How to Create a Rubric in 6 Steps How to Create a Rubric: Introduction Perhaps you have never even thought about the care it takes to create a rubric. Perhaps you have never even heard  of a rubric and its usage in education, in which case, you should take a peek at this article: What is a rubric? Basically, this tool that teachers and professors use to help them  communicate expectations, provide focused feedback, and grade products, can be invaluable when the correct answer is not as cut and dried as Choice A on a multiple choice test. But creating a great rubric is more than just slapping some expectations on a paper, assigning some percentage points, and calling it a day. A good rubric needs to be designed with care and precision in order to truly help teachers distribute and receive the expected work.   Steps to Create a Rubric The following six steps will help you when you decide to use a rubric for assessing an essay, a project, group work, or any other task that does not have a clear right or wrong answer.   Step 1: Define Your Goal Before you can create a rubric, you need to decide the type of rubric youd like to use, and that will largely be determined by your goals for the assessment. Ask yourself the following questions: How detailed do I want my feedback to be?  How will I break down my expectations for this project?Are all of the tasks equally important?How do I want to assess performance?What standards must the students hit in order to achieve acceptable or exceptional performance?Do I want to give one final grade on the project or a cluster of smaller grades based on several criteria?Am I grading based on the work or on participation? Am I grading on both? Once youve figured out how detailed youd like the rubric to be and the goals you are trying to reach, you can choose a type of rubric. Step 2: Choose a Rubric Type Although there are many variations of rubrics, it can be helpful to at least have a standard set to help you decide where to start. Here are two that are widely used in teaching as defined by DePaul Universitys Graduate Educational department: Analytic Rubric: This is the standard grid rubric that many teachers routinely use to assess students work. This is the optimal rubric for providing clear, detailed feedback. With an analytic rubric,  criteria for the students work is listed in the left column and performance levels are listed across the top. The squares inside the grid will typically contain the specs for each level. A rubric for an essay, for example, might contain criteria like Organization, Support, and Focus, and may contain performance levels like (4) Exceptional, (3) Satisfactory, (2) Developing, and (1) Unsatisfactory.​ The performance levels are typically given percentage points or letter grades and a final grade is typically calculated at the end. The scoring rubrics for the ACT and SAT are designed this way, although when students take them, they will receive a holistic score.   Holistic Rubric:  This is the type of rubric that is much easier to create, but much more difficult to use accurat ely. Typically, a teacher provides a series of letter grades or a range of numbers (1-4 or 1-6, for example) and then assigns expectations for each of those scores. When grading, the teacher  matches the student work in its entirety to a single description on the scale. This is useful for grading multiple essays, but it does not leave room for detailed feedback on student work.   Step 3: Determine Your Criteria This is where the learning objectives for your unit or course come into play. Here, youll need to brainstorm a list of knowledge and skills you would like to assess for the project. Group them according to similarities and get rid of anything that is not absolutely critical. A rubric with too much criteria is difficult to use! Try to stick with 4-7 specific  subjects for which youll be able to create unambiguous, measurable expectations in the performance levels. Youll want to be able to spot the criteria quickly while grading and be able to explain them quickly when instructing your students. In an analytic rubric, the criteria are typically listed along the left column.   Step 4: Create Your Performance Levels Once you have determined the broad levels you would like students to demonstrate mastery of, you will need to figure out what type of scores you will assign based on each level of mastery. Most ratings scales include between three and five levels. Some teachers use a combination of numbers and descriptive labels like (4) Exceptional, (3) Satisfactory, etc. while other teachers simply assign numbers, percentages, letter grades or any combination of the three for each level. You can arrange them from highest to lowest or lowest to highest as long as your levels are organized and easy to understand.   Step 5: Write Descriptors for Each Level of Your Rubric This is probably your most difficult step in creating a rubric.Here, you will need to write short statements of your expectations underneath each performance level for every single criteria. The descriptions should be specific and measurable. The language should be parallel to help with student comprehension and the degree to which the standards are met should be explained. Again, to use an analytic essay rubric as an example, if your criteria was Organization and you used the  (4) Exceptional, (3) Satisfactory, (2) Developing, and (1) Unsatisfactory scale, you would need to write the specific content a student would need to produce to meet each level. It could look something like this: 4Exceptional 3Satisfactory 2Developing 1 Unsatisfactory Organization Organization is coherent, unified, and effective in support of the papers purpose andconsistently demonstrateseffective and appropriatetransitionsbetween ideas and paragraphs. Organization is coherent and unified in support of the papers purpose and usually demonstrates effective and appropriate transitions between ideas and paragraphs. Organization is coherent insupport of the essays purpose, but is ineffective at times and may demonstrate abrupt or weak transitions between ideas or paragraphs. Organization is confused and fragmented. It does not support the essays purpose and demonstrates alack of structure or coherence that negativelyaffects readability. A holistic rubric would not break down the essays grading criteria with such precision. The top two tiers of a holistic essay rubric would look more like this: 6 Essay demonstrates excellent composition skills including a clear and thought-provoking thesis, appropriate and effective organization, lively and convincing supporting materials, effective diction and sentence skills, and perfect or near perfect mechanics including spelling and punctuation. The writing perfectly accomplishes the objectives of the assignment. 5 Essay contains strong composition skills including a clear and thought-provoking thesis, but development, diction, and sentence style may suffer minor flaws. The essay shows careful and acceptable use of mechanics. The writing effectively accomplishes the goals of the assignment. Step 6: Revise Your Rubric After creating the descriptive language for all of the levels (making sure it is parallel, specific and measurable), you need to go back through and limit your rubric to a single page. Too many parameters will be difficult to assess at once, and may be an ineffective way to assess students mastery of a specific standard. Consider the effectiveness of the rubric, asking for student understanding and co-teacher feedback before moving forward. Do not be afraid to revise as necessary. It may even be helpful to grade a sample project in order to gauge the effectiveness of your rubric. You can always adjust the rubric if need be before handing it out, but once its distributed, it will be difficult to retract.   Teacher Resources: Creative Writing Prompts for High School Students14 Ways to Write Better in High SchoolThe Top Reading Skills to Teach Your StudentsGreat Books to Recommend To Teens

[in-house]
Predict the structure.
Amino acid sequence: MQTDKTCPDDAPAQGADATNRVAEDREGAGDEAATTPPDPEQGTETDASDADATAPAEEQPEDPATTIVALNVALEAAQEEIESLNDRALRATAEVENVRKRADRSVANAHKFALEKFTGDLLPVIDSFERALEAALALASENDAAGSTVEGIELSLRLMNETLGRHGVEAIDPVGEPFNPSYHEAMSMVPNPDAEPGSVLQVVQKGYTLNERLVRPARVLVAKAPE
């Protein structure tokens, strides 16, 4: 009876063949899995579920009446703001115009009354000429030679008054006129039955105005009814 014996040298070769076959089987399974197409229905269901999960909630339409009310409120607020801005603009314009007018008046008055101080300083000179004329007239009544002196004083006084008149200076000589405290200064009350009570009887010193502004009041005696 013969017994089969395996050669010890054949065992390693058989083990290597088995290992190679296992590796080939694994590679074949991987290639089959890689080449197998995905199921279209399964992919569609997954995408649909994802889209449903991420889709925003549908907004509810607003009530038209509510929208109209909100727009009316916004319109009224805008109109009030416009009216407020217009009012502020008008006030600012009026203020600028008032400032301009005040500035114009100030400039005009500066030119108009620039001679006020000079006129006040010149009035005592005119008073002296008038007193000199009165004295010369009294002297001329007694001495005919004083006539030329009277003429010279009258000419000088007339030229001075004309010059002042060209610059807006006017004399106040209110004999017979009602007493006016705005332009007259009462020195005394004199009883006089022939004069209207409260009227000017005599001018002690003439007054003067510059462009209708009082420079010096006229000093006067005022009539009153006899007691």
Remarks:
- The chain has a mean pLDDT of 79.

Friday, February 21, 2020